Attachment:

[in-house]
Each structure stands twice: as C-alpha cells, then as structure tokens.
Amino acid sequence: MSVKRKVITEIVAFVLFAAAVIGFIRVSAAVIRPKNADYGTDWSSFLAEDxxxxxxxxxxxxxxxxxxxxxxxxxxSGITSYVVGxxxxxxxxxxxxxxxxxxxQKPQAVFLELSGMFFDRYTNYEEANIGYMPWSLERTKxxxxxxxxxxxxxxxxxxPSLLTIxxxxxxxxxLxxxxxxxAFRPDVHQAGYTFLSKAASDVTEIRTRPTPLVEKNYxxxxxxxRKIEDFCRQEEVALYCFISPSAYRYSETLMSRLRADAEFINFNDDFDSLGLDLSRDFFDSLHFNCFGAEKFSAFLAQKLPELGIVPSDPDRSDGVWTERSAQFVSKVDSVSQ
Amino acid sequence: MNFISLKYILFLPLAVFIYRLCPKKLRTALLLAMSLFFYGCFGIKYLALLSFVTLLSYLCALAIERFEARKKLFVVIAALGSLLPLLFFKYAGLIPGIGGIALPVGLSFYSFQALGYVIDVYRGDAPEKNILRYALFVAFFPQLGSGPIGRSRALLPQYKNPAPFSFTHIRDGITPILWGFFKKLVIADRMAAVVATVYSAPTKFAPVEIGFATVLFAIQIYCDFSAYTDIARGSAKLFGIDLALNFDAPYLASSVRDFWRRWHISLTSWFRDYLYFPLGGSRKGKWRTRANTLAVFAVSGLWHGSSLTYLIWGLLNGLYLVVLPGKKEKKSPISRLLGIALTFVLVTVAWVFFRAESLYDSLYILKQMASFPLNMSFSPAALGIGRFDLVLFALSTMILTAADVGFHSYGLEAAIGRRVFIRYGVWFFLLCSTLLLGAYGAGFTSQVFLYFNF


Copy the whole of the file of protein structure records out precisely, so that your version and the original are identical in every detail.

[in-house]
Each structure stands twice: as C-alpha cells, then as structure tokens.
Amino acid sequence: MSVKRKVITEIVAFVLFAAAVIGFIRVSAAVIRPKNADYGTDWSSFLAEDxxxxxxxxxxxxxxxxxxxxxxxxxxSGITSYVVGxxxxxxxxxxxxxxxxxxxQKPQAVFLELSGMFFDRYTNYEEANIGYMPWSLERTKxxxxxxxxxxxxxxxxxxPSLLTIxxxxxxxxxLxxxxxxxAFRPDVHQAGYTFLSKAASDVTEIRTRPTPLVEKNYxxxxxxxRKIEDFCRQEEVALYCFISPSAYRYSETLMSRLRADAEFINFNDDFDSLGLDLSRDFFDSLHFNCFGAEKFSAFLAQKLPELGIVPSDPDRSDGVWTERSAQFVSKVDSVSQ
Amino acid sequence: MNFISLKYILFLPLAVFIYRLCPKKLRTALLLAMSLFFYGCFGIKYLALLSFVTLLSYLCALAIERFEARKKLFVVIAALGSLLPLLFFKYAGLIPGIGGIALPVGLSFYSFQALGYVIDVYRGDAPEKNILRYALFVAFFPQLGSGPIGRSRALLPQYKNPAPFSFTHIRDGITPILWGFFKKLVIADRMAAVVATVYSAPTKFAPVEIGFATVLFAIQIYCDFSAYTDIARGSAKLFGIDLALNFDAPYLASSVRDFWRRWHISLTSWFRDYLYFPLGGSRKGKWRTRANTLAVFAVSGLWHGSSLTYLIWGLLNGLYLVVLPGKKEKKSPISRLLGIALTFVLVTVAWVFFRAESLYDSLYILKQMASFPLNMSFSPAALGIGRFDLVLFALSTMILTAADVGFHSYGLEAAIGRRVFIRYGVWFFLLCSTLLLGAYGAGFTSQVFLYFNF